Stober, Dan, and Ian Hoffman. A Convenient Spy: Wen Ho Lee and the Politics of Nuclear Espionage. New York: Simon & Schuster, 2001.
Epstein, Wall Street Journal, 16 Jan. 2002, says that Stober and Hoffman "brilliantly unravel" this "curious case." However, the question of why Wen Ho Lee copied what he did onto his computer is not answered, although the authors "find implausible [his] claim that he wanted to protect the data from computer failure." To Marston, Baltimore Sun, 19 Jan. 2002, this book, "like the Lee probe itself, struggles -- and mostly succeeds -- in making immensely complex scientific concepts understandable to a lay reader. Despite the collapse of the government's case, however, the authors are unconvinced of Lee's innocence."
For Panofsky, American Scientist, Jul.-Aug. 2002, the authors "offer an excellent sequential account of [a] complex series of events. They also cover facets of China's nuclear weapons program, emphasizing in particular that the Chinese have been much more forthcoming than they are given credit for.... [This] excellent, sober and factual account is well worth reading for the light it sheds on murky events." Bamford, Washington Post, 20 Jan. 2002, sees A Convenient Spy as "a well-written cautionary tale that dissects what can happen when race, ambition and politics mix with espionage, criminal law and foreign policy."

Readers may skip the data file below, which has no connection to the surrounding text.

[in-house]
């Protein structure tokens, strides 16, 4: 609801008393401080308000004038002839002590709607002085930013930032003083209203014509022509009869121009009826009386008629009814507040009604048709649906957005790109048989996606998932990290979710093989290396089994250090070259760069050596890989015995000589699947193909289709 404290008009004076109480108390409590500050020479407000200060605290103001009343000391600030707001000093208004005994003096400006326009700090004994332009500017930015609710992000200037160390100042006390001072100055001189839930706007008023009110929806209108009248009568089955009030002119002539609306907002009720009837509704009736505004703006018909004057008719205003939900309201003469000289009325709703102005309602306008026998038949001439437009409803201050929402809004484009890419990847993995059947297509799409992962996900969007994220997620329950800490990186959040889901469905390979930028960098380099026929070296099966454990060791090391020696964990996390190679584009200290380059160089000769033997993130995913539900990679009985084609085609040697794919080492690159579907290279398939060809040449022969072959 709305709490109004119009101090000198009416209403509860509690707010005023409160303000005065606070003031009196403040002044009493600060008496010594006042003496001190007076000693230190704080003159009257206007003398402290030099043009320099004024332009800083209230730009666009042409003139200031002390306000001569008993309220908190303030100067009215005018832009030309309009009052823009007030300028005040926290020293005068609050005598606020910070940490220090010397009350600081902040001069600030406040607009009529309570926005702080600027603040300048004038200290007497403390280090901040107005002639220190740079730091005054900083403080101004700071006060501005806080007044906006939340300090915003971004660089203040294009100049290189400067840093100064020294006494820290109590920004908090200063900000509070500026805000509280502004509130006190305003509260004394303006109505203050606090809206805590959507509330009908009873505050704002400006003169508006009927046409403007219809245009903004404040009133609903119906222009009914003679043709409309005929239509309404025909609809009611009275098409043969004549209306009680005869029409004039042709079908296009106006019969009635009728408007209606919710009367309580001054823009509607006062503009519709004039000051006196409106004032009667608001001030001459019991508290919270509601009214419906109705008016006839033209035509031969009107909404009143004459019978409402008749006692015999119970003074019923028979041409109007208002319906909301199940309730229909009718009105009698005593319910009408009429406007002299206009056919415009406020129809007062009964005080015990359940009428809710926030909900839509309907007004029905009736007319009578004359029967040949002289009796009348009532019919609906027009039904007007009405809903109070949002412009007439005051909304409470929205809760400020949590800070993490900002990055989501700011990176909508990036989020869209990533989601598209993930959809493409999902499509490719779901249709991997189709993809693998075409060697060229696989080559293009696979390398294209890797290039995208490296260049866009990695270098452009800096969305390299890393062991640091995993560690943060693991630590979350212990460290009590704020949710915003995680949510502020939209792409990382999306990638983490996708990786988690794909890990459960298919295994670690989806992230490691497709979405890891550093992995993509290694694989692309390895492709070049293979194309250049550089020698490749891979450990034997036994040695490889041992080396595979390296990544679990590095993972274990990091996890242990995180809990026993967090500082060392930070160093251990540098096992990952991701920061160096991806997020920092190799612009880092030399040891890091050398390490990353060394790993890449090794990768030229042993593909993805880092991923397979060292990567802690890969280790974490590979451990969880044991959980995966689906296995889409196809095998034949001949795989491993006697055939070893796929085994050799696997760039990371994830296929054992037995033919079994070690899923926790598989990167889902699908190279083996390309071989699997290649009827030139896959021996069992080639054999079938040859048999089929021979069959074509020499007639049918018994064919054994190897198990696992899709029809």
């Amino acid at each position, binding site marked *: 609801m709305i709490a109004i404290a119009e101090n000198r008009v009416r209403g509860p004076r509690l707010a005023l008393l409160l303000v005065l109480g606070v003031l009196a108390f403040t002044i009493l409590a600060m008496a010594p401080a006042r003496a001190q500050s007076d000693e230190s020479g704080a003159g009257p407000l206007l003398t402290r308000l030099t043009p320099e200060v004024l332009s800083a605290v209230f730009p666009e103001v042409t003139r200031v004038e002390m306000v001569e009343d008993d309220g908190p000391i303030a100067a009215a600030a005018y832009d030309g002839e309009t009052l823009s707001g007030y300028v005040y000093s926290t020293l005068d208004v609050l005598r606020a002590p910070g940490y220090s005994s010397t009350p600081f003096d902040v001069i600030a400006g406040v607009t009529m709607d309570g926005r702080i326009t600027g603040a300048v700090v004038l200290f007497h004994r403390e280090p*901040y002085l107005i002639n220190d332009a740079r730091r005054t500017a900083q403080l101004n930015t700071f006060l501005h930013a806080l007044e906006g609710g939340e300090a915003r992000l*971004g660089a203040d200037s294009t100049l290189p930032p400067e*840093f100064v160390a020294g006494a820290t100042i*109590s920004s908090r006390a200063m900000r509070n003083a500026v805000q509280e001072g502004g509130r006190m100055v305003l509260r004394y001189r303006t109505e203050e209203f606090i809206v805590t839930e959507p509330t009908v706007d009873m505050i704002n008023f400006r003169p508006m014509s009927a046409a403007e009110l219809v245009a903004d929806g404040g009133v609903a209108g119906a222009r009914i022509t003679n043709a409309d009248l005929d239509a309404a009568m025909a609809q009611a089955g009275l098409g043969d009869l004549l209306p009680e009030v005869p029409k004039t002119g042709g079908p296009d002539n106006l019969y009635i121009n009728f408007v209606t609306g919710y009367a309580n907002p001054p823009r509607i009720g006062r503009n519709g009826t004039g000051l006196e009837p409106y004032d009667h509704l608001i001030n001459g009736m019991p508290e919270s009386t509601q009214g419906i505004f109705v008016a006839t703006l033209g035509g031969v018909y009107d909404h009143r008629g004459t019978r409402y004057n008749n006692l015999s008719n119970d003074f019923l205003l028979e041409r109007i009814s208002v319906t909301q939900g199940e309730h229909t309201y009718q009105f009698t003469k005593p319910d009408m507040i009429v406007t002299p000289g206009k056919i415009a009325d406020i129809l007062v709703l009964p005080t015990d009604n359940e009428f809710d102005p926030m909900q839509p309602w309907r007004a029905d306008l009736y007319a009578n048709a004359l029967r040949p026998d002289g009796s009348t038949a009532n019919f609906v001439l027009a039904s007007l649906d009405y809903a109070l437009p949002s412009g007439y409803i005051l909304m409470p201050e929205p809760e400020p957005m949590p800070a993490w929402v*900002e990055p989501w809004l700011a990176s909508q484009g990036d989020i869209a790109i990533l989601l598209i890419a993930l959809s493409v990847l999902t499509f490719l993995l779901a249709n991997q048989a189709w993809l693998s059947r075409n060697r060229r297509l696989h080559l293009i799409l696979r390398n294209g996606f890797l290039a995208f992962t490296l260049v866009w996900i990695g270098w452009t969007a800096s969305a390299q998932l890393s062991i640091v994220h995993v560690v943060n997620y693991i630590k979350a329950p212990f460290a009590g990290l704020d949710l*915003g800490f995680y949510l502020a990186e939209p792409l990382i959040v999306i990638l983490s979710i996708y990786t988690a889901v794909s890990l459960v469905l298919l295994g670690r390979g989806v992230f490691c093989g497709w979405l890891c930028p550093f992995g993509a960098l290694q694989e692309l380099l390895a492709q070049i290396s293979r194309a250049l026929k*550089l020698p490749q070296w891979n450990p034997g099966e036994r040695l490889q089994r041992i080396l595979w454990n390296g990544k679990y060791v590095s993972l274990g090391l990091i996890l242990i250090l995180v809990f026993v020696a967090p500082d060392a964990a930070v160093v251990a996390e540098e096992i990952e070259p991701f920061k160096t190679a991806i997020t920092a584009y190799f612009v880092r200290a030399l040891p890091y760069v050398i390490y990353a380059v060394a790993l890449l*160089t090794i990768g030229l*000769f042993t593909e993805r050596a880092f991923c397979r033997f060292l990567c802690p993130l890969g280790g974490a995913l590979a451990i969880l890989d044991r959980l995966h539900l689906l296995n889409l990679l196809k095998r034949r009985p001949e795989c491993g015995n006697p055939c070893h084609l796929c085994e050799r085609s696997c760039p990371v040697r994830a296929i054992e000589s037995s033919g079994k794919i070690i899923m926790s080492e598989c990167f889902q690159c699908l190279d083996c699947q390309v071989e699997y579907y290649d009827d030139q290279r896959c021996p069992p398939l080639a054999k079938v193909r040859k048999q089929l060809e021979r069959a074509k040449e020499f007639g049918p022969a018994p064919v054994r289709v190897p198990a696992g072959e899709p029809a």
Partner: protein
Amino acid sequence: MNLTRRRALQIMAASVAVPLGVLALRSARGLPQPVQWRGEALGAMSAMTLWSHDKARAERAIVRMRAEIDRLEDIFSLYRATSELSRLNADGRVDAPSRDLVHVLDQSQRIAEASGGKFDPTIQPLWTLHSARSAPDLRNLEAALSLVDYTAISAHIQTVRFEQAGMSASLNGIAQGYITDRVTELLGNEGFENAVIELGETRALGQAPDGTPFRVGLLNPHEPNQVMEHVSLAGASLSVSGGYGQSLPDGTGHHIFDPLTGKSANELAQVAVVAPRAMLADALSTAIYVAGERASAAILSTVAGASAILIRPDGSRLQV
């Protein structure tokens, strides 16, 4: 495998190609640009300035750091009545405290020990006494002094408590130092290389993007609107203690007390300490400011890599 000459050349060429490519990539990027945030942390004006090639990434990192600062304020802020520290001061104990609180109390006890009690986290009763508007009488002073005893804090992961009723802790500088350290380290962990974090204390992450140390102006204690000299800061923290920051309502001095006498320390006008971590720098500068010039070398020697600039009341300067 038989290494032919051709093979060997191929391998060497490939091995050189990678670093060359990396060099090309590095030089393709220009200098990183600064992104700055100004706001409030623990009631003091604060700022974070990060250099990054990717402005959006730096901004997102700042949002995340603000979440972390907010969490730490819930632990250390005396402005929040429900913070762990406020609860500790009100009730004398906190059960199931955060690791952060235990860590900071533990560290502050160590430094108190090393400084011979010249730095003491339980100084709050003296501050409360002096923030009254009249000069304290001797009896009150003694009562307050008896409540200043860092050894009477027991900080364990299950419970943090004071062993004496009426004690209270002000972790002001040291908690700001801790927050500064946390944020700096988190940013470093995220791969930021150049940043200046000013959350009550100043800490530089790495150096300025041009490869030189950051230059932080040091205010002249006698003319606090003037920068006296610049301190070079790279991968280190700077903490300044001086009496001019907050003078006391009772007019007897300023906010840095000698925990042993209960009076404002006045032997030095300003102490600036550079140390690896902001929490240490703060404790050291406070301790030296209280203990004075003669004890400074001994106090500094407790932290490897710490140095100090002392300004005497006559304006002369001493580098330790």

Stockinger, Edwin. "Five Weeks at Phalane." Studies in Intelligence 17, no. 1 (Spring 1973): 11-19.
Laotian paramilitary units fight North Vietnamese regulars for Muang Phalane in 1971.
Stockton, Bayard. Flawed Patriot: The Rise and Fall of CIA Legend Bill Harvey. Dulles, VA: Potomac, 2006.
Click for reviews.
1. "Policing During the Malayan Emergency." In Policing and Decolonisation: Nationalism, Politics and the Police, 1917-1965, eds. David M. Anderson and David Killingray, 105-126. Manchester: Manchester University Press 1992.
2. ed. Malaya: Part II: The Communist Insurrection, 1948-53. London: HMSO, 1995.
Stockwell, John. After the Cold War: The CIA and the National Security State. Boston: South End Press, 1990.
Is this the same book noted in an advertisement? The Praetorian Guard: The U.S. Role in the New World Order (Boston: South End Press). From advertisement: "Ex-CIA agent John Stockwell analyzes the CIA and other institutional forces shaping U.S. domestic and foreign policy. Includes a selected bibliography on the national security state."
Stockwell, John. In Search of Enemies: A CIA Story. New York: Norton, 1979.
Pforzheimer identifies this book as an attack on the CIA -- particularly the clandestine services -- by a disaffected former case officer who headed the CIA's Angola Task Force in 1975-1976. Constantinides sees Stockwell providing a view of the CIA's "personnel, administration, and mental outlook that stemmed from first-hand experience." The book's allegations were overshadowed by the legal wrangling surrounding his failure to submit the book for the CIA's prepublication review.
To Blum, NameBase, the book "chronicles the political evolution of a CIA officer that culminated in his resignation from the Agency.... The book deals primarily with Angola and is most instructive about the world of mercenaries and about Joseph Mobutu, the notoriously unscrupulous leader of Zaire and CIA comrade-in-arms."
Stokes, David R. "The Tunnel Time Forgot." Intelligencer 16, no. 1 (Spring 2008): 67-68.